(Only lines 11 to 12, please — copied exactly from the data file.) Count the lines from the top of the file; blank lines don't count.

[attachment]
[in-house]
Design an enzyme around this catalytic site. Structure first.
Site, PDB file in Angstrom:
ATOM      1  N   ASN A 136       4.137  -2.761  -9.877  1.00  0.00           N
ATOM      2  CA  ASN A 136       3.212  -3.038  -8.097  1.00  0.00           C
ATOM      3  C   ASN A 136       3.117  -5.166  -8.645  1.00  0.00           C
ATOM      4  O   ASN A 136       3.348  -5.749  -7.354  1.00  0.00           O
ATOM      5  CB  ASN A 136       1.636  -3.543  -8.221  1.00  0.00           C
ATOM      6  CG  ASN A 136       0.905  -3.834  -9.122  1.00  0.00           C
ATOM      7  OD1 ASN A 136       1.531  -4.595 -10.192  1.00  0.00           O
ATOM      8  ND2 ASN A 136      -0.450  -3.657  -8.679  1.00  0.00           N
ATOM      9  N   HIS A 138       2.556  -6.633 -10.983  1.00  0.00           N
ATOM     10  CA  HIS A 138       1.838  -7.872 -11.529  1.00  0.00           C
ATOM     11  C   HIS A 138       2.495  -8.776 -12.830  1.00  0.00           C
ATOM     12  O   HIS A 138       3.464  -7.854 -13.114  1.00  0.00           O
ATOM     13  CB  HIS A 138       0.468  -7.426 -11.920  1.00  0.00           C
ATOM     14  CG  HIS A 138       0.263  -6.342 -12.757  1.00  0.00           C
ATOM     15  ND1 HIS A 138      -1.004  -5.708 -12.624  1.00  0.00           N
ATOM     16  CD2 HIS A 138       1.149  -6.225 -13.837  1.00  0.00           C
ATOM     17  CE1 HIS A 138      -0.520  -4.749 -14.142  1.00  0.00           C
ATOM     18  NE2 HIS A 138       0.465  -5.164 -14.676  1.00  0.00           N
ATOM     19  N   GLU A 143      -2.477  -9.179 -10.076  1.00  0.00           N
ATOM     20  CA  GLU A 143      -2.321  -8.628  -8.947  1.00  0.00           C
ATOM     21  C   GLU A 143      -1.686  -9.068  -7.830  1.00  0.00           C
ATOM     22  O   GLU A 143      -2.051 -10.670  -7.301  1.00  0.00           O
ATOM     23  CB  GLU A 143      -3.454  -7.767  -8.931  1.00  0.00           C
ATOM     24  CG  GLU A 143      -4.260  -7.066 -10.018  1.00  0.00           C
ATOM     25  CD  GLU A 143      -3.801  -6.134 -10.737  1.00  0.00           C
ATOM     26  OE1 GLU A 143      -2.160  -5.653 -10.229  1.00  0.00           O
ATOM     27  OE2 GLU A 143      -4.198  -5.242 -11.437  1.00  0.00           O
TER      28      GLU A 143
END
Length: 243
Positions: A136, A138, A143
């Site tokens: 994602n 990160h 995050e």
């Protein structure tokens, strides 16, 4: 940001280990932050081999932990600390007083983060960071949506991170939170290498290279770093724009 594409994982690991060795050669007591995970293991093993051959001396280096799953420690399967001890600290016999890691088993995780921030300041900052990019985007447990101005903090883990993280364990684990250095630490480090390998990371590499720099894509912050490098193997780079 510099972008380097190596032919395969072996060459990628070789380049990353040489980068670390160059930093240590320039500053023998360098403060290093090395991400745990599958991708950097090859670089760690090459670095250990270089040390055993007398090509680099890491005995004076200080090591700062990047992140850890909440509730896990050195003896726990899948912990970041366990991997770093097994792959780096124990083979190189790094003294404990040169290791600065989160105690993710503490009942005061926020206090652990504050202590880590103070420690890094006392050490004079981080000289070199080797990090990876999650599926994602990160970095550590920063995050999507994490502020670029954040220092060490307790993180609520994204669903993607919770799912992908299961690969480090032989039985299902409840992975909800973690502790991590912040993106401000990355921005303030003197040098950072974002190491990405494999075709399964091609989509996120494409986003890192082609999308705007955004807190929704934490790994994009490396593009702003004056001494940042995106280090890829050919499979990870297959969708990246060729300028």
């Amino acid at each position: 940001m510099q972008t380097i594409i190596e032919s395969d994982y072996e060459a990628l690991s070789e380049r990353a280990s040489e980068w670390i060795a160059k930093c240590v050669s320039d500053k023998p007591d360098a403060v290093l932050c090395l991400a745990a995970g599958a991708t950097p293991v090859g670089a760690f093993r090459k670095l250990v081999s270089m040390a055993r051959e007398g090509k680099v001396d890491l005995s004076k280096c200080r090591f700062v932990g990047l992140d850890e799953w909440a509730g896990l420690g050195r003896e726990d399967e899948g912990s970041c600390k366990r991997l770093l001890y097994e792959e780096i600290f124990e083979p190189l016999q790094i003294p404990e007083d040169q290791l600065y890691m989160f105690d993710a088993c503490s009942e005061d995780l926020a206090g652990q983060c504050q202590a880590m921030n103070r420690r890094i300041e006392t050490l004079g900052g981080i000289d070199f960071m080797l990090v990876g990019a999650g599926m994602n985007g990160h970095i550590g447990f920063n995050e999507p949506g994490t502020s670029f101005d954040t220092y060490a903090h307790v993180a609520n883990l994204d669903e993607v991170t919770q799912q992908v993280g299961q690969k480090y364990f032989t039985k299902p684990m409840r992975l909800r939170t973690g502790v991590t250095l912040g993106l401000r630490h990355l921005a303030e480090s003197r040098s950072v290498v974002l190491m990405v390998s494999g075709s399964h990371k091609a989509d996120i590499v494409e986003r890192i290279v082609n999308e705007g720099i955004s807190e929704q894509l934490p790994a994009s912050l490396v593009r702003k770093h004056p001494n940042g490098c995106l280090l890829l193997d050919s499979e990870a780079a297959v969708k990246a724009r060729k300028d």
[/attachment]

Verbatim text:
ATOM      8  ND2 ASN A 136      -0.450  -3.657  -8.679  1.00  0.00           N
ATOM      9  N   HIS A 138       2.556  -6.633 -10.983  1.00  0.00           N